There is a song I’ve loved since the first time I heard it, called “Renew Me”, by Martha Munizzi. My favorite part of the song says,
Renew a right spirit within me.
For my heart is broken before You.
I bow down before You in worship.
These words are a variation that come from Psalm 51 and were written by David after he had committed adultery with Bathsheba. It is a Psalm of repentance in which David is asking the Lord for mercy. He is seeking God that he may be purified. He is acknowledging his sin, but also asking God to make him clean once again. In Psalm 51:10-11 (NKJV) David asks,
10 Create in me a clean heart, O God,
And renew a steadfast spirit within me.
11 Do not cast me away from Your presence,
And do not take Your Holy Spirit from me.
Throughout the song, Martha Munizzi sings the words, “let this be your prayer”. When I first heard those words in the song, I thought of them as just that: words. They were merely a convenient little ad-lib that helped the song flow smoothly. However, eventually this song became one of the one’s I would play during prayer. It was then that, “let this be your prayer” became more than just an ad-lib. It was an urging to really pray to God for renewal. It was a challenge to not just ask God for “blanket mercy” that covered all my sins, but to really acknowledge them. To stop pretending that there weren’t things that in my heart shouldn’t be there.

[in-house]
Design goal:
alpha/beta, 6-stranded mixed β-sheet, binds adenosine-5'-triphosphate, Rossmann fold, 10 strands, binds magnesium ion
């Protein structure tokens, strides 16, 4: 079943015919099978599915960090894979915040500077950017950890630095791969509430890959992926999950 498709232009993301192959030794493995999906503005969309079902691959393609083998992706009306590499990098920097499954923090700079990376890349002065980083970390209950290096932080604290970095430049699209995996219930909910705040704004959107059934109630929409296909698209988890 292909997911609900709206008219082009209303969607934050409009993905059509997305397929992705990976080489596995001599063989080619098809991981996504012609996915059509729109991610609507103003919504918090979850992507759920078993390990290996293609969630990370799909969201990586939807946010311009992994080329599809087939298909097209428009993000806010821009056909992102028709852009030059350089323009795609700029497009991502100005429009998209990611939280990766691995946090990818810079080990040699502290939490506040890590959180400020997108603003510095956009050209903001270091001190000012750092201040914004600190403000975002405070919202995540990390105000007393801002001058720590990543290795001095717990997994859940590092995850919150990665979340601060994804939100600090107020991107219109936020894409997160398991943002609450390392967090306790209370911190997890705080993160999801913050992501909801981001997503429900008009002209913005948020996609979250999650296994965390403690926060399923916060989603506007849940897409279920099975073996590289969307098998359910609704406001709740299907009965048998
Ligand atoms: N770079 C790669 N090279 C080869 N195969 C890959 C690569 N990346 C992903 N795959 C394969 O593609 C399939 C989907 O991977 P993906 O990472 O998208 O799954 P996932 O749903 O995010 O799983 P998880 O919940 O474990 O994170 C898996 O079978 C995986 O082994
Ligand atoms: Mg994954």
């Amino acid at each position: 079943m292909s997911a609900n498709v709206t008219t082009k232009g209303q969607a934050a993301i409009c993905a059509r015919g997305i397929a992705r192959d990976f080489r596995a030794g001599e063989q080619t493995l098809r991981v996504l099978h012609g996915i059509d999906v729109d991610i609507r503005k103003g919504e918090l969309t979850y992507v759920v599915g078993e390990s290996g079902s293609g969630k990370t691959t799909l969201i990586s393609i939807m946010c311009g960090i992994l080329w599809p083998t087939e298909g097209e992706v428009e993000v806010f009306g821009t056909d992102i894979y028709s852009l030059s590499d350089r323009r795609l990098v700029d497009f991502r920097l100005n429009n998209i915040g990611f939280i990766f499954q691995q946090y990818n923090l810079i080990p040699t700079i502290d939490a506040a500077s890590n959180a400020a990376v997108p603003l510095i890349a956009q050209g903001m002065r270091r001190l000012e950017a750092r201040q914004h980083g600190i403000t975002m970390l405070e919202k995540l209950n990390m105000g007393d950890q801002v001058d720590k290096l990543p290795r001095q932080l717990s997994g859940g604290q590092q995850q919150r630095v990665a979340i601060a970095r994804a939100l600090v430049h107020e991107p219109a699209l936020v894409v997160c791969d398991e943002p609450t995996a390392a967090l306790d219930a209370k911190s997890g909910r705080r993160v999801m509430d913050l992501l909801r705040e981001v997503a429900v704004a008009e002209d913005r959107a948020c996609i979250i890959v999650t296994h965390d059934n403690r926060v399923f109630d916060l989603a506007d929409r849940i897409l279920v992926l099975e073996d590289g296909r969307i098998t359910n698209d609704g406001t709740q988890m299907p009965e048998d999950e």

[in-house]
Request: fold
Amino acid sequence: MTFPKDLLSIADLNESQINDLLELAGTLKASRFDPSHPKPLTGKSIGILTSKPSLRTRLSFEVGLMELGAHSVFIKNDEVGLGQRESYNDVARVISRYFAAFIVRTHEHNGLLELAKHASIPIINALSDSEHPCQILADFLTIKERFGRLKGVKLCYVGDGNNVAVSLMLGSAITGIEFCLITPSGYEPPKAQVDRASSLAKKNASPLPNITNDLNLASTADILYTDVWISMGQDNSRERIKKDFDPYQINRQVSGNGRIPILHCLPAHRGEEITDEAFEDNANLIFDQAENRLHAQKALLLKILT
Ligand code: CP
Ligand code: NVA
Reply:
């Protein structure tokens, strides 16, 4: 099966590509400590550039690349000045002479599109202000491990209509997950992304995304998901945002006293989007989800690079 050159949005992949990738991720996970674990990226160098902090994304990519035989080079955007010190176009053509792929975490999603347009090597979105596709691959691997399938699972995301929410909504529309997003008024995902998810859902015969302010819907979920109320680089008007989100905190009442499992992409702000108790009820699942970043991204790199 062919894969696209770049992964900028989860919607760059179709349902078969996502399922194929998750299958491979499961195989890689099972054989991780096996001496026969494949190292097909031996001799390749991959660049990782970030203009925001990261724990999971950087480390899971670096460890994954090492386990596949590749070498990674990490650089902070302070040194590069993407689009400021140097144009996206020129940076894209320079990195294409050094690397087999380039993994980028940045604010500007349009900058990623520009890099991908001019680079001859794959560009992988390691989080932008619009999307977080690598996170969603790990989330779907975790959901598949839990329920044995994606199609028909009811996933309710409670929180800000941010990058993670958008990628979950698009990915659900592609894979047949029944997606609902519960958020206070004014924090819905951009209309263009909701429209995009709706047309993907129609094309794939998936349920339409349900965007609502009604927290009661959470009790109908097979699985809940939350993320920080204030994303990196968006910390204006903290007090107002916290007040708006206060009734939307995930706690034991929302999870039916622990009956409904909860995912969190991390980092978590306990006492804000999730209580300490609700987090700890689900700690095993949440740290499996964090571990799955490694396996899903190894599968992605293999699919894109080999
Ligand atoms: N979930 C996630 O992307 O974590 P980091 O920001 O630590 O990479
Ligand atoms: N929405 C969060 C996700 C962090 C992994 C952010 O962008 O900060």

For me, praying about those things that darkened and hardened my heart was painful. So, I did the only logical thing in my mind there was to do and avoided it. I figured, God already knows, so there’s no need to state the obvious. It was one thing to know the sins in my heart, but another to actually talk to God and pray about them. It was as if not speaking it made them have less of an impact, made them seem smaller than what they really were.
I think at some point we all fell that way about one thing or another. We use the whole, “God knows my heart” as a crutch to sometimes not say what needs to be said. I know I sure did! It took me a long time to realize how bound I was allowing myself to be by the things I wouldn’t say. I was asking God to give me a clean heart and renew my spirit, but holding on to the very things I needed to let go. I was unintentionally keeping myself in bondage.
Part of James 5:16 (NKJV) says, “The effectual fervent prayer of a righteous man avails much.” The New Living Translation says, “The earnest prayer of a righteous person has great power and produces wonderful results.” Whatever translation you look at, the point in the same: it’s our earnest prayers, the prayers that come from deep within our hearts that are powerful. Those things we are hesitant to say need to be released. Don’t let the lies of the enemy convince you that you should be too ashamed to pray about certain things. Don’t let those lies keep you in bondage.
Yes, it is absolutely true that God already knows and sees all, but there is freedom in praying earnestly. There’s authority in praying earnestly. There’s an invitation for God to enter in and work when we pray earnestly.
Written by Amber Boggs. If you would like to reach Amber, you can contact her here.